Chapter 5 : CASE STUDY FINDINGS: Description, Analysis and Discussion

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This chapter brings alight the results of the case study. Firstly, this was a single case study, embedded which had looked two different units Ecobank in Togo and Standard Bank in South Africa involved into international competitiveness through ways different but in the same time similar at some degrees. Both companies act as leader in their own ways and challengers to international firm inside the African boundaries and progressively outside too. Secondly, the literature review is approached in the systematic ways on the basis of two different and connected hypotheses, which was developed in a dynamic and innovative perspective to set a base of a non-well covered aspect of international business which is international competitiveness of domestic firm in Africa. Step by step, theories were connected to explain why they perform so well over foreign firms by using their native assets to tackle challenges present in their home markets and disadvantage when they internationalise. The choice to do a qualitative case study was to have and allow broader image of the context. The context of African banks system of financial industry can be appreciated in such with all its complexity, at many levels and not a little, the cultural aspect is predominant to development of these companies, which associated to their abilities to build up model in an unfriendly situations and the management of volatility. The appendix 1, the BCG report describes the challengers and gives reasons of their success by taking two of them, the analysis go deeper to confirm or infirm what was developed in the empirical reviews and analyse reasons of the progression of these firms.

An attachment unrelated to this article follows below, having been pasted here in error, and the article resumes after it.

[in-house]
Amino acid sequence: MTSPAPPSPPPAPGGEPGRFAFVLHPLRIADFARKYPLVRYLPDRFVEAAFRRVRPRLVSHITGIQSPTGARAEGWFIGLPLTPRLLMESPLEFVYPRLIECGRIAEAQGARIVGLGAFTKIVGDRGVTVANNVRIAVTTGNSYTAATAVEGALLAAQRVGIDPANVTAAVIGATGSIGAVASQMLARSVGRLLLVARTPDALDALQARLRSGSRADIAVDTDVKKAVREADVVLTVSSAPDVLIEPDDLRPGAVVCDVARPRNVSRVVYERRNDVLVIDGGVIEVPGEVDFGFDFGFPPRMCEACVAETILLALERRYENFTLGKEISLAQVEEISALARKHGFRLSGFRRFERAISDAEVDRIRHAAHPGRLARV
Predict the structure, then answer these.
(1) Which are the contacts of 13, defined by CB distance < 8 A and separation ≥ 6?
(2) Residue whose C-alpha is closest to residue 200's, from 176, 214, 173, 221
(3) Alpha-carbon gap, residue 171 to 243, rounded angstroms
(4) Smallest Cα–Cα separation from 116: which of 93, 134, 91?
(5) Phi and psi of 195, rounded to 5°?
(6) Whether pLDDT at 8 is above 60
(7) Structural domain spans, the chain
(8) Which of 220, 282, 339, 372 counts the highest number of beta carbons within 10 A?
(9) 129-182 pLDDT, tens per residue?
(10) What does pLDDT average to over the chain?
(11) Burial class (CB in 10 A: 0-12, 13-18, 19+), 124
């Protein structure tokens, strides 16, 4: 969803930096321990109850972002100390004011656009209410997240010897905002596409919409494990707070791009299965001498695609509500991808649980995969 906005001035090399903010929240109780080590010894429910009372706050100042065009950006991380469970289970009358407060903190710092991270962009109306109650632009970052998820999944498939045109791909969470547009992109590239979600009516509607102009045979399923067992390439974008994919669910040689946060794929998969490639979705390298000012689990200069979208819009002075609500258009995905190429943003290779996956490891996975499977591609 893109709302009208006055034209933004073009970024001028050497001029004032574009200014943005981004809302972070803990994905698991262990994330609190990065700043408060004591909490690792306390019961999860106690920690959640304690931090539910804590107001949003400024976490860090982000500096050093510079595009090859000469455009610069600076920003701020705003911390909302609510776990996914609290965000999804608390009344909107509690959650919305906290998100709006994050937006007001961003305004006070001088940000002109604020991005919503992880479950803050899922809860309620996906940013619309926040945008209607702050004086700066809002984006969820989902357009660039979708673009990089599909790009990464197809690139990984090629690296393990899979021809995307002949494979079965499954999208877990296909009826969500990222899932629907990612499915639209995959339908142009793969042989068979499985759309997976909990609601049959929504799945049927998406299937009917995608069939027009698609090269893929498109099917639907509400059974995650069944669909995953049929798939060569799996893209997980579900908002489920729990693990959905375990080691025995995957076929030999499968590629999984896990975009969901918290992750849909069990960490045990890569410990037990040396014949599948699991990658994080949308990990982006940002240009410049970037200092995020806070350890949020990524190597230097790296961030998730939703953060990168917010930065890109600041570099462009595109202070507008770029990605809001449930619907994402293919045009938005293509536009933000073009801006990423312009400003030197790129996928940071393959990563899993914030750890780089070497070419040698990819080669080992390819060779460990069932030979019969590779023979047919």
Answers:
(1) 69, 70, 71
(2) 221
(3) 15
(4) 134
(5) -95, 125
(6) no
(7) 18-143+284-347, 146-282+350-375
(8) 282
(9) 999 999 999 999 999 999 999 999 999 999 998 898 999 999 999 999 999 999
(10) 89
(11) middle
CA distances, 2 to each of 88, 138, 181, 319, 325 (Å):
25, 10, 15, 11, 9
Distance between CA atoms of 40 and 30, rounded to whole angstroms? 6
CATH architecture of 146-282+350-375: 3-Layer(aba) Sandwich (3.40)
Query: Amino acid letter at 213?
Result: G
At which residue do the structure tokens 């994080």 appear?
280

This case study is totally based on data analysis found via academic sources but also different international organisations, all this leading to findings develop at the following.

5.1. PRESENTATION AND DESCRIPTION

5.1.1. Knowledge as driving forces

Recalling for better performance and position in the market than other competitors, the competitive advantage is sought by firm in their building strategy for their success.